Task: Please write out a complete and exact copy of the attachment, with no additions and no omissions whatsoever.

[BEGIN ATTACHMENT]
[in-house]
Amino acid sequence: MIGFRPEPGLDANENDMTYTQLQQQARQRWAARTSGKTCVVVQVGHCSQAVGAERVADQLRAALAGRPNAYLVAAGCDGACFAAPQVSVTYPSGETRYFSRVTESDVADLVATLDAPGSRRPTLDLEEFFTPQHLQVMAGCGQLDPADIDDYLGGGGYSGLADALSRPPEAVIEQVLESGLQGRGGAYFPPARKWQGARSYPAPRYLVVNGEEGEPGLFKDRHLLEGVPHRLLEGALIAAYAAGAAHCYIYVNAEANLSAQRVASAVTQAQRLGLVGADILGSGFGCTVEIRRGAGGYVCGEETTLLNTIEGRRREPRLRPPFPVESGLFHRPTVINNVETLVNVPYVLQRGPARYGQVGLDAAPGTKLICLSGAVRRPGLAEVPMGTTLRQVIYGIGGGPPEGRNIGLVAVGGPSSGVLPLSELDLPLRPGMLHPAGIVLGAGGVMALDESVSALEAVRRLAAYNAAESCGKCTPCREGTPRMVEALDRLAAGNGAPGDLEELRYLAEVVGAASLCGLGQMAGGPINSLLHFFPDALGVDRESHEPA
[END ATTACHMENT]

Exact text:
[in-house]
Amino acid sequence: MIGFRPEPGLDANENDMTYTQLQQQARQRWAARTSGKTCVVVQVGHCSQAVGAERVADQLRAALAGRPNAYLVAAGCDGACFAAPQVSVTYPSGETRYFSRVTESDVADLVATLDAPGSRRPTLDLEEFFTPQHLQVMAGCGQLDPADIDDYLGGGGYSGLADALSRPPEAVIEQVLESGLQGRGGAYFPPARKWQGARSYPAPRYLVVNGEEGEPGLFKDRHLLEGVPHRLLEGALIAAYAAGAAHCYIYVNAEANLSAQRVASAVTQAQRLGLVGADILGSGFGCTVEIRRGAGGYVCGEETTLLNTIEGRRREPRLRPPFPVESGLFHRPTVINNVETLVNVPYVLQRGPARYGQVGLDAAPGTKLICLSGAVRRPGLAEVPMGTTLRQVIYGIGGGPPEGRNIGLVAVGGPSSGVLPLSELDLPLRPGMLHPAGIVLGAGGVMALDESVSALEAVRRLAAYNAAESCGKCTPCREGTPRMVEALDRLAAGNGAPGDLEELRYLAEVVGAASLCGLGQMAGGPINSLLHFFPDALGVDRESHEPA